The outgoing administration of President Gloria Arroyo made preparations Thursday to hand over to her likely successor, opposition Sen. Benigno “Noynoy” Aquino, following his apparent victory in Monday’s election. But Ms. Arroyo is far from finished as a political force.
It was unprecedented for an outgoing president to run for Congress, and her opponents originally suspected she was seeking immunity from prosecution. Aquino has promised to have Arroyo investigated for corruption during her administration.
In fact, she will have no immunity as a congresswoman. But members of Arroyo’s Lakas-Kampi-NUCD party have sought to protect her – politically, at least. They have made no secret of their plan to make her speaker of the House. This would make her the focus of opposition to the new president, and so make any investigation appear to be an act of political spite.
Despite the tension between Arroyo and Aquino, the outgoing president has promised a smooth handover of power.
“I am putting our government at the disposal of the incoming leadership,” she said after winning her seat in the House.
Aquino campaigned on an anticorruption platform, seeking to contrast himself with Arroyo, whose administration was plagued by scandal. In particular, her opponents accused her of winning the 2004 presidential election by fraud. Arroyo denies any wrongdoing.
Administration officials have said they will cooperate with any investigation.
“All of those who might be brought to the courts, not only the first family but also others who might have erred in the performance of their duties, are ready to explain, and face any investigation,” said Executive Secretary Leandro Mendoza on Wednesday.
Working through Congress
Whether Arroyo can become speaker depends on the makeup of the new Congress, which was not yet clear after Monday’s elections.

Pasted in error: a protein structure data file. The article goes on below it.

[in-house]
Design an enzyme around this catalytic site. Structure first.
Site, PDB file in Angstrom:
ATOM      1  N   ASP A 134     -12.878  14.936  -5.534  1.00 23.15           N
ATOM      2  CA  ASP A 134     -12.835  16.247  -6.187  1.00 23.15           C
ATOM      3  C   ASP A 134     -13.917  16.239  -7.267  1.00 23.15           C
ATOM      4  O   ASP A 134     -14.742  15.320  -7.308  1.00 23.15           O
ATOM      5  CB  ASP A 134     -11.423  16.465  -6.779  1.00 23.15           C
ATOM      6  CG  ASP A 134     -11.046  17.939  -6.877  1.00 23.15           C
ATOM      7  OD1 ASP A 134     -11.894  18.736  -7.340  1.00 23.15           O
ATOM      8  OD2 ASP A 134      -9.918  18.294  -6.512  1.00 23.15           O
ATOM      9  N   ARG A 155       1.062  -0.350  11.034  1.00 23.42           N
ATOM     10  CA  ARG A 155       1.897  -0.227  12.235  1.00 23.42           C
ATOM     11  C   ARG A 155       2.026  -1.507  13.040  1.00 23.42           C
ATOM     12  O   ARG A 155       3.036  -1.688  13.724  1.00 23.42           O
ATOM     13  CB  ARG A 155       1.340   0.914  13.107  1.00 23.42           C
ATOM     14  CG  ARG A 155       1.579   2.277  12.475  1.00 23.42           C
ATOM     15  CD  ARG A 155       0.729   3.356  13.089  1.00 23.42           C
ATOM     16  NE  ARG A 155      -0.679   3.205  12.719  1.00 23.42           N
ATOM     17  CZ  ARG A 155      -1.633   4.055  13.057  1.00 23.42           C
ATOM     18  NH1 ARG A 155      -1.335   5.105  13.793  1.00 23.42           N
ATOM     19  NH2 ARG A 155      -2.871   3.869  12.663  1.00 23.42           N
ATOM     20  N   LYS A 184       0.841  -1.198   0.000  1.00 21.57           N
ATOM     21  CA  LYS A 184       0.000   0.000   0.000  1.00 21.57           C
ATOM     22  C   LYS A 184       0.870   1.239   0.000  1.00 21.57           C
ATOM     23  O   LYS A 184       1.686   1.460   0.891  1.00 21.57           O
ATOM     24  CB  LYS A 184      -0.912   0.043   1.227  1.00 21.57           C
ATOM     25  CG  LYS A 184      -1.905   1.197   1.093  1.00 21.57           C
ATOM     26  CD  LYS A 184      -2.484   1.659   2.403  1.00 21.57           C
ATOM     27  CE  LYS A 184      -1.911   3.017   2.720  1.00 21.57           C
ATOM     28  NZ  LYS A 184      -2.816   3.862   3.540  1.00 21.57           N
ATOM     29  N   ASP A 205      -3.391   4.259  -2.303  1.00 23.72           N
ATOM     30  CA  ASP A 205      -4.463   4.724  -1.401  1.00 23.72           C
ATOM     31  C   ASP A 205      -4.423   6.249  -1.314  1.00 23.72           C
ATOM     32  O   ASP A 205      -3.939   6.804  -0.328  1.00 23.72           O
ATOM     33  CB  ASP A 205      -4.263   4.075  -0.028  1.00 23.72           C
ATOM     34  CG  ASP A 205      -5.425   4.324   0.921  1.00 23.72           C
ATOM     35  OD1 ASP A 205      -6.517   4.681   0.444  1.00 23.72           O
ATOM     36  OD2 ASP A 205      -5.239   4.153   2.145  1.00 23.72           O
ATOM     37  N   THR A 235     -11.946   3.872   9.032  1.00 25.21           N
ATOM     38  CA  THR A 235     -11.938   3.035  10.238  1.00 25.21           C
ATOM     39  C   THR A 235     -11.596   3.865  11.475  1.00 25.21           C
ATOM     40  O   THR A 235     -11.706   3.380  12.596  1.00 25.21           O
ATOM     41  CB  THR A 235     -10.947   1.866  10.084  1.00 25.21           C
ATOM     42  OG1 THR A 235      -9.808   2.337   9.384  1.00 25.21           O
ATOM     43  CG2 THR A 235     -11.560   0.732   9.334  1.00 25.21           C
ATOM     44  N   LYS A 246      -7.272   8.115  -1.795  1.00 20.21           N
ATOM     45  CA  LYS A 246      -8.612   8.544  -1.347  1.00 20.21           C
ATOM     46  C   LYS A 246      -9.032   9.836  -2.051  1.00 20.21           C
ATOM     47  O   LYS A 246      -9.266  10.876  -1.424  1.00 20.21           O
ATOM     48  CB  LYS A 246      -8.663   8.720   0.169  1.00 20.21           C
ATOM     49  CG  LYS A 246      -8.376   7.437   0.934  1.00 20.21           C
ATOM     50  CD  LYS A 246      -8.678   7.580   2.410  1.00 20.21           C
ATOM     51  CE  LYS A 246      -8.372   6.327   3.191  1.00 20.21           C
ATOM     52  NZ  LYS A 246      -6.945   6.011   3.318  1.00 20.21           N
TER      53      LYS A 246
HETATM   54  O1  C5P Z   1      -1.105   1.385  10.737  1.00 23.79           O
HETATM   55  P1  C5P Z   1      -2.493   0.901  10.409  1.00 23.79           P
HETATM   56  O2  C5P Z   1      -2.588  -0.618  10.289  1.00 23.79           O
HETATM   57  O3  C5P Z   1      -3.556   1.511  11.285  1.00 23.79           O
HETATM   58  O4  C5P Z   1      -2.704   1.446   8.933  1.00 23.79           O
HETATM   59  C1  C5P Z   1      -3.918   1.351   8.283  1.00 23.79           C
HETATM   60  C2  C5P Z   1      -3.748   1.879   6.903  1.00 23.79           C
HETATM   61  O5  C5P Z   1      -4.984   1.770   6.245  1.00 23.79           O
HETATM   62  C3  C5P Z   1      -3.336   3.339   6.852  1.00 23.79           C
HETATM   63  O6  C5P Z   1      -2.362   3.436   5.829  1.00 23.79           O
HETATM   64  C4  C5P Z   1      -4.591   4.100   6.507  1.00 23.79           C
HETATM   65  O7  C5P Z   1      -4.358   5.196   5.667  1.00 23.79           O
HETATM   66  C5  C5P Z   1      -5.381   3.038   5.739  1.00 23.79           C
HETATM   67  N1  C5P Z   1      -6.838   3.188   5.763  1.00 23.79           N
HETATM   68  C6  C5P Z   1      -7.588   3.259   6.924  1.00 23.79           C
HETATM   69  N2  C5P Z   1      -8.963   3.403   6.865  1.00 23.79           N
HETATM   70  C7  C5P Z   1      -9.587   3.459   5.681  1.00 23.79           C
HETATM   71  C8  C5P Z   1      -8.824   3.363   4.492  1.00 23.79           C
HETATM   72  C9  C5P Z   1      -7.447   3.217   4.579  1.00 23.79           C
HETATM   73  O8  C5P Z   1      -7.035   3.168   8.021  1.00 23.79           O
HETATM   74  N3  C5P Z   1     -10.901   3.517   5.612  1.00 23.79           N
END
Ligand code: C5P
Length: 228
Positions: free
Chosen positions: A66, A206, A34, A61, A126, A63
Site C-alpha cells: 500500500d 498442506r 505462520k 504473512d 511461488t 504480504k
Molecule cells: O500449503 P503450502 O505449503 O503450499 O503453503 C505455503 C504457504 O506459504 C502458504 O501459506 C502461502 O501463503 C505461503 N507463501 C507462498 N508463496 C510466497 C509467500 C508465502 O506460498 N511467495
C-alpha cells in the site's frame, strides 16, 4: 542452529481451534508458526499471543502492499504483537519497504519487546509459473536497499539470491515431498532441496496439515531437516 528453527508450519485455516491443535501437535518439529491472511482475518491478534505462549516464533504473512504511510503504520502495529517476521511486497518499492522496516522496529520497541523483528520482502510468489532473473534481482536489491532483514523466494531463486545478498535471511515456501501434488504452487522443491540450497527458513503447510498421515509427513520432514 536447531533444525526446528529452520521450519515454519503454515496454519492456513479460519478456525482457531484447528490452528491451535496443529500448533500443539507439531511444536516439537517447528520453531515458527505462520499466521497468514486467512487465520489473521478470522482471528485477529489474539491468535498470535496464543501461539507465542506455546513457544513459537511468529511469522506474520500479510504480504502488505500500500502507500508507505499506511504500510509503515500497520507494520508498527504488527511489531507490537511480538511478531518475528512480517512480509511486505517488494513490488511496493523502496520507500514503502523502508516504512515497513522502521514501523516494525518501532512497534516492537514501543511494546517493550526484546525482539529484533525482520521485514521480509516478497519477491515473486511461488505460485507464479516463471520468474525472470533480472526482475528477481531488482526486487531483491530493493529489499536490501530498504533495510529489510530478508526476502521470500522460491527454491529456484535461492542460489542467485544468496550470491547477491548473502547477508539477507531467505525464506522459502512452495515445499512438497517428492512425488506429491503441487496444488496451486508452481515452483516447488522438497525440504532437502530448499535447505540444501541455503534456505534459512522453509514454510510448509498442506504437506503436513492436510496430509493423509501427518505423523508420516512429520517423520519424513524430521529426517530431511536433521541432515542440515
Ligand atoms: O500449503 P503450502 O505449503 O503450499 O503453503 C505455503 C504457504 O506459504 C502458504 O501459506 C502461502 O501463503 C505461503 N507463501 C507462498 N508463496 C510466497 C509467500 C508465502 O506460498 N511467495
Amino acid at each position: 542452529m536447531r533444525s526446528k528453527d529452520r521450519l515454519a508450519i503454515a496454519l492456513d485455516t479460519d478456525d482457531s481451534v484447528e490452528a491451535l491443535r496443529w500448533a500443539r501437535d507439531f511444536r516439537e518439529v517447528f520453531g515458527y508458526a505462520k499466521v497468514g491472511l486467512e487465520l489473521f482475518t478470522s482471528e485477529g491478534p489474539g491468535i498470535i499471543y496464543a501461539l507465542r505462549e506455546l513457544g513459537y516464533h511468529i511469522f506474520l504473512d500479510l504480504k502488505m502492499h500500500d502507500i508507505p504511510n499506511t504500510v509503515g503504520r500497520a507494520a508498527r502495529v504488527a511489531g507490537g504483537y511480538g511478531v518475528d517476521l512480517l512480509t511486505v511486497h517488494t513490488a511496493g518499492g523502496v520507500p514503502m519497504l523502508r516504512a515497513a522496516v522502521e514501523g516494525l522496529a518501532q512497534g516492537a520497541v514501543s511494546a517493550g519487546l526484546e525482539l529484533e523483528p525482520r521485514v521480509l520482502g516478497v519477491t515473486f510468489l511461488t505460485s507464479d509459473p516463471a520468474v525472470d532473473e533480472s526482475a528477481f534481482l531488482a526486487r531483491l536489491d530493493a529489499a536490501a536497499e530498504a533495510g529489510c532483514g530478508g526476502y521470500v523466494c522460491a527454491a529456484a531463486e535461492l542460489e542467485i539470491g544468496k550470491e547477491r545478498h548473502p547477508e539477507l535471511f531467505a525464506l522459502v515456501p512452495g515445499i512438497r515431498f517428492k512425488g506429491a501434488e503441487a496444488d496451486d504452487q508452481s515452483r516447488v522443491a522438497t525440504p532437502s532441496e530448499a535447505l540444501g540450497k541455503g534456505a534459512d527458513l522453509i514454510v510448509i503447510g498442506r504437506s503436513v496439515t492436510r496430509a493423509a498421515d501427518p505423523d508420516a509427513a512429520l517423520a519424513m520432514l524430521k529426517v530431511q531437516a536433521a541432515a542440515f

However, Aquino’s Liberal Party has accepted that it will not have a majority in the House, and that it will need to find allies to push through new legislation.
The dominant party in the outgoing Congress was Arroyo’s party, which, despite election losses and defections to other parties, remains a force to be reckoned with.
Arroyo’s opponents are suspicious of the idea of her becoming speaker not only because of the influence she would wield in that office. They suspect that she and her allies will try to push Congress to change the Constitution, substituting a British-style parliamentary system for the present American-style presidential system.
This, her opponents argue, would allow her to regain executive power by becoming prime minister, leaving the president with only a ceremonial role.
Under Arroyo, the House attempted to convene special joint congressional sessions to revise the Constitution. Arroyo denied that she was behind these efforts, saying the initiative came from Congress itself.
Aquino has said he will ask a new commission to look into whether the Constitution needs to be revised, though he has shown little enthusiasm for such a change.